Bell ringing to become a sport?

Thu 18 Feb 2016
By Hannah Tooley

Bell ringers are pushing for their hobby to become a recognised as a sport. 

The task is said to improve muscle coordination, improve agility and tone muscles.

Some campanologists, better known as bell ringers, argue it is a form of exercise and being given sports status would give the activity more funding and encourage new recruits.

A bell ringing session can last around three hours and bell ringers say it is at least as strenuous as some sports like angling and rambling.

Michael Wigney, London Diocesean Guild of Church Bell Ringers, told Premier's News Hour some people are worried it will take away from worship: "Most bells are obviously in churches and to say it's a sport may detract from the objective to ring the bells for worship."

He added that it has even used in schools that use it: "There are schools who've taken up ringing as one of their alternatives to P.E."

Michael Wigney added that it is a great way for young people to get involved. 

Speaking to The Daily Telegraph, Ted Venn who wrote to bell ringing magazine, The Ringing World, said: "If active religion declines to such an extent that churches are no longer in existence as places of worship, then church bell ringing will end with it."

Sport England can categorise an activity as a sport based on the European Sports Charter definition of a 'physical activity' which aims to improve 'physical fitness and mental well-being and forming social relationships.'

Recently Bridge lost a High Court battle to be classified as a sport because the game did not require enough 'physical training'.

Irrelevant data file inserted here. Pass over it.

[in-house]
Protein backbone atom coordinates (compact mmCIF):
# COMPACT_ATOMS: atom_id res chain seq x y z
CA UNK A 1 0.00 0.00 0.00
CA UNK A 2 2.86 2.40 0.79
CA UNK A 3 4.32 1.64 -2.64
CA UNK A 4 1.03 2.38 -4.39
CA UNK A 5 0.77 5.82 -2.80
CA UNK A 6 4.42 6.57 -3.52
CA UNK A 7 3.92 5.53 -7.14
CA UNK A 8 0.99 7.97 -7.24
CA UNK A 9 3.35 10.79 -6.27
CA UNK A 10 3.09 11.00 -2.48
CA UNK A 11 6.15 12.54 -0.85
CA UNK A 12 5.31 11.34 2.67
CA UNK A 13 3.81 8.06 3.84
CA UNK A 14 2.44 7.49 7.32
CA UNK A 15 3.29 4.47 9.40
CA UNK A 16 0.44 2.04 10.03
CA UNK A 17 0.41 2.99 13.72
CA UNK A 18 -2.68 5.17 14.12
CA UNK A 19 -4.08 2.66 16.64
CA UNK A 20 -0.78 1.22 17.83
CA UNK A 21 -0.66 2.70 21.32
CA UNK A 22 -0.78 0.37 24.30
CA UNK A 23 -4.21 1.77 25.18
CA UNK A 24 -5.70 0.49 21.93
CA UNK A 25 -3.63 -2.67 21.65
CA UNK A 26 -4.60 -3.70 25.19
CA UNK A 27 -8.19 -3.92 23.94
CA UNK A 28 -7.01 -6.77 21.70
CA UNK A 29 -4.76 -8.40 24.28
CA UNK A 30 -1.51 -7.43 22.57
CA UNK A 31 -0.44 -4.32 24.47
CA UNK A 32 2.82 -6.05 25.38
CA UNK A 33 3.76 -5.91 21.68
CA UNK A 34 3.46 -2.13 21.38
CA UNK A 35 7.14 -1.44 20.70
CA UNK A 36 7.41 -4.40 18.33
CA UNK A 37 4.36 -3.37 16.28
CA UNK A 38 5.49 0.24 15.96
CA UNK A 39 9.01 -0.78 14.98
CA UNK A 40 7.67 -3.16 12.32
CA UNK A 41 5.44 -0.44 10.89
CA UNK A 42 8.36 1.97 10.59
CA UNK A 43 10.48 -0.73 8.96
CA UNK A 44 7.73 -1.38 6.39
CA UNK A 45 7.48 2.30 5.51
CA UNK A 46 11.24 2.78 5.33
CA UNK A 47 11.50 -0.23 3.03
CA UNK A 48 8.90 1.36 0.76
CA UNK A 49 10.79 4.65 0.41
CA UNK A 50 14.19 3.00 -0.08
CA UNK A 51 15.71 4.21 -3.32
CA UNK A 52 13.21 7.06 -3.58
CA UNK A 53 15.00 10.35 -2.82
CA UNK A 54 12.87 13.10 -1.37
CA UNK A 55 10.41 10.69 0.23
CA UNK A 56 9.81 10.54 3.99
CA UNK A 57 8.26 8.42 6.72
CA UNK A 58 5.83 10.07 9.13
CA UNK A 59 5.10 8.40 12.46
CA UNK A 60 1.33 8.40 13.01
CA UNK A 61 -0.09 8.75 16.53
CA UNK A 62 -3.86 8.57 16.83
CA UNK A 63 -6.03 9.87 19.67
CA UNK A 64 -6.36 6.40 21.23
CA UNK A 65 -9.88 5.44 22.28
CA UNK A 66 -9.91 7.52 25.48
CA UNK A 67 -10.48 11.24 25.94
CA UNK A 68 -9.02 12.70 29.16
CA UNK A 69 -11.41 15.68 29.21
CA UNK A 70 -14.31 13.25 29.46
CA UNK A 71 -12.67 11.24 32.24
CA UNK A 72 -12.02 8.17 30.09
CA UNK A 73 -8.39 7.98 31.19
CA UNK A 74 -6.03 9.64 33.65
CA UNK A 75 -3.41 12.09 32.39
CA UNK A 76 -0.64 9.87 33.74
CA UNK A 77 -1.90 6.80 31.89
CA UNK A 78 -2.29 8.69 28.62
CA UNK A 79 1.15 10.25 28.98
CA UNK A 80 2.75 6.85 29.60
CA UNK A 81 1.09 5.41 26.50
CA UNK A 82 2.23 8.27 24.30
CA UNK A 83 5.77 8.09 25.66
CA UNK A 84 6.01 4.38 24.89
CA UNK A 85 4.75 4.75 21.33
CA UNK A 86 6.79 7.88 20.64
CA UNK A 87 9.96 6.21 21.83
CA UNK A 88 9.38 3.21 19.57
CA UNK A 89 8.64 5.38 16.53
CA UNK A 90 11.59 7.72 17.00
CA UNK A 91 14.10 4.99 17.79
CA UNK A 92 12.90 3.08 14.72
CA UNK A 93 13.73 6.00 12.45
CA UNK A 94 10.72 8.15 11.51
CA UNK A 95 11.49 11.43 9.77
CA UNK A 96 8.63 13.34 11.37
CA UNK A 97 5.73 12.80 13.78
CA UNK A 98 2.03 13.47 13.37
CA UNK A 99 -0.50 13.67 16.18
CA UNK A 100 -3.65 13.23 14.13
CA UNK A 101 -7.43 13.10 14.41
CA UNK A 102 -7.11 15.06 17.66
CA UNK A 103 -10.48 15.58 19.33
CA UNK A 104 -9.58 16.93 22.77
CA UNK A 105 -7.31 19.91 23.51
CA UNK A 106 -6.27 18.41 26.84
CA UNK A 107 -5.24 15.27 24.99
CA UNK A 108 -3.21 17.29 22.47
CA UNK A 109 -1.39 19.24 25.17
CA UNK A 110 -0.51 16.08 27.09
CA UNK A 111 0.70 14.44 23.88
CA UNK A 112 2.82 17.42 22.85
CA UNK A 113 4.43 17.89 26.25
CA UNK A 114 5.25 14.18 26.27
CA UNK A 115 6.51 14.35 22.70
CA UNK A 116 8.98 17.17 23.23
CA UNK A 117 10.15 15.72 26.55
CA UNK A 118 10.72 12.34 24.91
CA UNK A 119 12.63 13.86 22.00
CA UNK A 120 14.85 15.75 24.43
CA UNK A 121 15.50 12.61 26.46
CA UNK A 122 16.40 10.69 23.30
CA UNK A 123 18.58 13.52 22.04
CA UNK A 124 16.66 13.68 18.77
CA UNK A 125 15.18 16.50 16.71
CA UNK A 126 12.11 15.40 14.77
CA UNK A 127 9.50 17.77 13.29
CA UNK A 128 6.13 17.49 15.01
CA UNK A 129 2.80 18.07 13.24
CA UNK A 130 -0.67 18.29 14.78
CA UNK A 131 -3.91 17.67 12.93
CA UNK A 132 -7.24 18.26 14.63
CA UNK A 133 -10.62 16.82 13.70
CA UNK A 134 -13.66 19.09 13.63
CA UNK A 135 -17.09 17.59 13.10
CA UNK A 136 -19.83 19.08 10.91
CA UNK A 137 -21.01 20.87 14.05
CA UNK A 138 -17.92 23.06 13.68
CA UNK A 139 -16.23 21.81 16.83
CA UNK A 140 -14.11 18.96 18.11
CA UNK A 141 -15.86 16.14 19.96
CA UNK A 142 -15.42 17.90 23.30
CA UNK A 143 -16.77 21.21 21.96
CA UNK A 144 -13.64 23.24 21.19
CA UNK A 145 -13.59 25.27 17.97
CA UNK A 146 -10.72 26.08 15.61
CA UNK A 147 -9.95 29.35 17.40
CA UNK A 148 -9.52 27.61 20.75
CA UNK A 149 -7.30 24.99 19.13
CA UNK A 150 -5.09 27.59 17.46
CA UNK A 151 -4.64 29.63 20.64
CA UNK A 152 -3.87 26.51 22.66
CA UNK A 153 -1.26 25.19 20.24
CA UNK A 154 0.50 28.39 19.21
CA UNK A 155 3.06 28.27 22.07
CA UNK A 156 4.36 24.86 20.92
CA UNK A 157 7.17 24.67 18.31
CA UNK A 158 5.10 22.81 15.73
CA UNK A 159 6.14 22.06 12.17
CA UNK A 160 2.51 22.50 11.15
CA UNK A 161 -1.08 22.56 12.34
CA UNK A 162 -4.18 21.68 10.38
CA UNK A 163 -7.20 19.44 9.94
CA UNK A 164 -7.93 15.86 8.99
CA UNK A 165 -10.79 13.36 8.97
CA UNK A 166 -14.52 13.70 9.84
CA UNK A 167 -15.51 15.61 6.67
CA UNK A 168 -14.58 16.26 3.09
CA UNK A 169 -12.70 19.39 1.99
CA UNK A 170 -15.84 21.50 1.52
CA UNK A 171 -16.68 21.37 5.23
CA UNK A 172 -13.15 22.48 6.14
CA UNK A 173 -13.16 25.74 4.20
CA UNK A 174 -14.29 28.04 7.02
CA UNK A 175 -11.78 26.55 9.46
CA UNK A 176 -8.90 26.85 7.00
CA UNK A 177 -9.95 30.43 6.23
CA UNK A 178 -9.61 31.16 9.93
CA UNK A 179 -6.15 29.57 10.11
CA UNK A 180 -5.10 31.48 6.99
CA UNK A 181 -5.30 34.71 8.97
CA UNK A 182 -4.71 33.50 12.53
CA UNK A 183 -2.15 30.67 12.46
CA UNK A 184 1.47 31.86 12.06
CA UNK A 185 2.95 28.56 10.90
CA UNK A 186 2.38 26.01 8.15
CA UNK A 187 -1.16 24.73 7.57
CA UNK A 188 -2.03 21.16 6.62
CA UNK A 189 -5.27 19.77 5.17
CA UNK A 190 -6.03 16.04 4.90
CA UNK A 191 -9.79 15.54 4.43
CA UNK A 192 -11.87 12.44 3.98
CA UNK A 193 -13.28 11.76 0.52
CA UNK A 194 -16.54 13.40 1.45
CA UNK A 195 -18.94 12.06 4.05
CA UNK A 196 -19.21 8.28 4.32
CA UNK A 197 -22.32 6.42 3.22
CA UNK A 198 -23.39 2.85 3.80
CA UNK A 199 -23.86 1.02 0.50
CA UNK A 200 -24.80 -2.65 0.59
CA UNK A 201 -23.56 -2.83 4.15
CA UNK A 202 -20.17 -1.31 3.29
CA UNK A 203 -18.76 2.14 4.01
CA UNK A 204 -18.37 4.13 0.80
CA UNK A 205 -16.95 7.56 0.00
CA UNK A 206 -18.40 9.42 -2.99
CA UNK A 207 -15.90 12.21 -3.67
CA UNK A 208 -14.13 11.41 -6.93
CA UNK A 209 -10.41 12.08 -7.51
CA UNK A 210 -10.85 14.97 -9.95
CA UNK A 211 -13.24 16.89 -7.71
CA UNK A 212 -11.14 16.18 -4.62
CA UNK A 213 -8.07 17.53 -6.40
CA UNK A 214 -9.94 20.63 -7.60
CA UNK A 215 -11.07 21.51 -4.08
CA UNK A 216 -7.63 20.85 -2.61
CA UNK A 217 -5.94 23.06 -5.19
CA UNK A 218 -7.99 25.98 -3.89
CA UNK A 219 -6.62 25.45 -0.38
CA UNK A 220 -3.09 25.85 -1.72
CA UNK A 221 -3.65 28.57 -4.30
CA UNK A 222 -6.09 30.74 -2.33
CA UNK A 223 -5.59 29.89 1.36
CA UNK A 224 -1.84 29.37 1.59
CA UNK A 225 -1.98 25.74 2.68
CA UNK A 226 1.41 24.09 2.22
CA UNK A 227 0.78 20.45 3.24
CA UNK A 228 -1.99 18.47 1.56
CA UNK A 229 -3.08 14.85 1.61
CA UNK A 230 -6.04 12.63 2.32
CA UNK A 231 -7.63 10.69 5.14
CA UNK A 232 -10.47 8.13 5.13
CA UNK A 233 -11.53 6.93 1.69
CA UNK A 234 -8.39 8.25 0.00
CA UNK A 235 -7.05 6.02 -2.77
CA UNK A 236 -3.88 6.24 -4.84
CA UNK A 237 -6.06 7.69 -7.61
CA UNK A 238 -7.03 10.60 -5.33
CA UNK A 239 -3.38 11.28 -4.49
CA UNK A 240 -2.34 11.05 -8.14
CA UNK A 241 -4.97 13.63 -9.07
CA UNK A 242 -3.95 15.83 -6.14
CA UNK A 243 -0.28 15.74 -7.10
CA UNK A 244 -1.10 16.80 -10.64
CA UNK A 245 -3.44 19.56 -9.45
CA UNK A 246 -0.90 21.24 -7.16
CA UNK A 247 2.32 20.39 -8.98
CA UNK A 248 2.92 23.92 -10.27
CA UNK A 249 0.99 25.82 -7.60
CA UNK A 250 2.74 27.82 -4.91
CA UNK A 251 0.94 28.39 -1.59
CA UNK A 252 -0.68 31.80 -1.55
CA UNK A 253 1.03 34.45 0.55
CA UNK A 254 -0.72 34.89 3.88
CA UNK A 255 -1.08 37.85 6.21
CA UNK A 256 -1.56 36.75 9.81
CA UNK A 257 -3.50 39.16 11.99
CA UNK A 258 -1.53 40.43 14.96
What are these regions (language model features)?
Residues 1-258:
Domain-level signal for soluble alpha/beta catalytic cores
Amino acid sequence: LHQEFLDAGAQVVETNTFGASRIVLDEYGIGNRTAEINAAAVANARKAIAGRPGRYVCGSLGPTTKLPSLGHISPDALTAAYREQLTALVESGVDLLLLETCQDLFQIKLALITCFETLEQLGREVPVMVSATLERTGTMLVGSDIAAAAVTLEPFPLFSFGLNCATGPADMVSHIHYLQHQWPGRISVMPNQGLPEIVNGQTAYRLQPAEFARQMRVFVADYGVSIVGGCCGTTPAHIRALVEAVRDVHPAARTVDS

Research by the YMCA and the Churches Conservation Trust found that bell ringing could provide a range of benefits, from better cardiovascular fitness to muscle endurance and improve agility.

It requires climbing steep staircases and pulling on ropes to make the heavy bells chime.

But the Central Council of Bell Ringers are not happy with the push, they say it would jeopardise bell ringing's relationship with church bodies and it should be seen as a part of Christian worship and not as a sport.

The Council's President Chris Mew said: "Where is the glamour of the sports field and where are the David Beckhams if the belfry?"

But Robert Lewis, The Ringing World editor, disagrees.

He told the paper: "Ringing is great fun as well as being a healthy physical and mental workout.

"We would like many more people to have the opportunity to try it, and identification as a sport could help achieve that."

Listen to Premier's Antony Bushfield speak to Michael Wigney, London Diocesean Guild of Church Bell Ringers, here:

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